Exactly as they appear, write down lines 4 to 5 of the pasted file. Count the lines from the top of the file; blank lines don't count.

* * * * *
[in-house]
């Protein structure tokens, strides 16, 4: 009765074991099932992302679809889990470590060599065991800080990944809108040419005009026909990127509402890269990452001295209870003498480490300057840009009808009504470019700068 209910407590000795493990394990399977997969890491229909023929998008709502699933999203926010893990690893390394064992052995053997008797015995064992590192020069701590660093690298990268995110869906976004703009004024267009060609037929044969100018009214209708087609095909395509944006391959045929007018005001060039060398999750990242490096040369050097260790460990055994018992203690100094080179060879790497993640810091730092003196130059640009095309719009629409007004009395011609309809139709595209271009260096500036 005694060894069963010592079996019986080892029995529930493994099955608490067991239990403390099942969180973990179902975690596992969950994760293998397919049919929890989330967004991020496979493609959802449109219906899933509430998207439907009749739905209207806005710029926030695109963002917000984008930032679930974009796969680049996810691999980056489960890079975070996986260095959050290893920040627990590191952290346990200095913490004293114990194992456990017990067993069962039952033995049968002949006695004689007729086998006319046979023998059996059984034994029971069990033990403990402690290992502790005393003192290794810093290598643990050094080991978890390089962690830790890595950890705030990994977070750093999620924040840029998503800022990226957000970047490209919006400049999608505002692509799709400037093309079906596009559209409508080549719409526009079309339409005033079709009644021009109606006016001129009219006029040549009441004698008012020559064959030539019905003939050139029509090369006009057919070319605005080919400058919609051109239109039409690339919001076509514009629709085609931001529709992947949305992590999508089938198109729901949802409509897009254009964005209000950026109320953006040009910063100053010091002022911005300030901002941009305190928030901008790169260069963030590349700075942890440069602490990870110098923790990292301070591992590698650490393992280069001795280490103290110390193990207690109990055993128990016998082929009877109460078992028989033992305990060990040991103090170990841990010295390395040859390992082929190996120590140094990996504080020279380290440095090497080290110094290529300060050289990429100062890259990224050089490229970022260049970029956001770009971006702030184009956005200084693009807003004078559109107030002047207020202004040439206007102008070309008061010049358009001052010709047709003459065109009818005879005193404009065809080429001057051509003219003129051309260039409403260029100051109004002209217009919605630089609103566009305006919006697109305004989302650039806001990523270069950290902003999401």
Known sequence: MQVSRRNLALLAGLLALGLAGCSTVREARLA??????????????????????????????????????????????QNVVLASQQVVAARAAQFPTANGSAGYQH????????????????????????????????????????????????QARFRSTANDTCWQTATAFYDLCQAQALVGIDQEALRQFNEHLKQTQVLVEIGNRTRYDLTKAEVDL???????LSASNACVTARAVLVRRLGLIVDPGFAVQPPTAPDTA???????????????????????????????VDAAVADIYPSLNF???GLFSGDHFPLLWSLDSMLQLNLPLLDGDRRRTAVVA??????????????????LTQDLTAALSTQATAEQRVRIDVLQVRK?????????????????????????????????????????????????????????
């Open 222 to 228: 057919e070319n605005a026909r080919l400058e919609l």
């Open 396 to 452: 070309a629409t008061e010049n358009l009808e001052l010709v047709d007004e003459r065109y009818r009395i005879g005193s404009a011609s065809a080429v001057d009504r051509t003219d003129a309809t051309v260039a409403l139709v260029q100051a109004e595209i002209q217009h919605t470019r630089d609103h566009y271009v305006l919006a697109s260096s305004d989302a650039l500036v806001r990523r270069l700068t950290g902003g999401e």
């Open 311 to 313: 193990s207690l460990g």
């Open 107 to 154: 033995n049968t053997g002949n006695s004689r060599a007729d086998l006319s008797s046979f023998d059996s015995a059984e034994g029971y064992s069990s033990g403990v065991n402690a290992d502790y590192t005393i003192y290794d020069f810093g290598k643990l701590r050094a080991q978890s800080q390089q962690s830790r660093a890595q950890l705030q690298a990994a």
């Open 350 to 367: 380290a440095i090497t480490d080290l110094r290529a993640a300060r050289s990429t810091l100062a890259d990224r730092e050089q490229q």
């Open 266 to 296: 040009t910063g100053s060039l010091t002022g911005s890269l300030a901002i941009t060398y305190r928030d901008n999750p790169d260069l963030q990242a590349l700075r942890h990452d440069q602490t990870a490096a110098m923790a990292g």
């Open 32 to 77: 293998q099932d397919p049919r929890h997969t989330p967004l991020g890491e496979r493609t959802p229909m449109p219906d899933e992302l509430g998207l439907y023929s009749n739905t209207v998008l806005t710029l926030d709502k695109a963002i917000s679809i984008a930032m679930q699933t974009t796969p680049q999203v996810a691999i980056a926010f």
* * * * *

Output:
């Open 222 to 228: 057919e070319n605005a026909r080919l400058e919609l």
């Open 396 to 452: 070309a629409t008061e010049n358009l009808e001052l010709v047709d007004e003459r065109y009818r009395i005879g005193s404009a011609s065809a080429v001057d009504r051509t003219d003129a309809t051309v260039a409403l139709v260029q100051a109004e595209i002209q217009h919605t470019r630089d609103h566009y271009v305006l919006a697109s260096s305004d989302a650039l500036v806001r990523r270069l700068t950290g902003g999401e």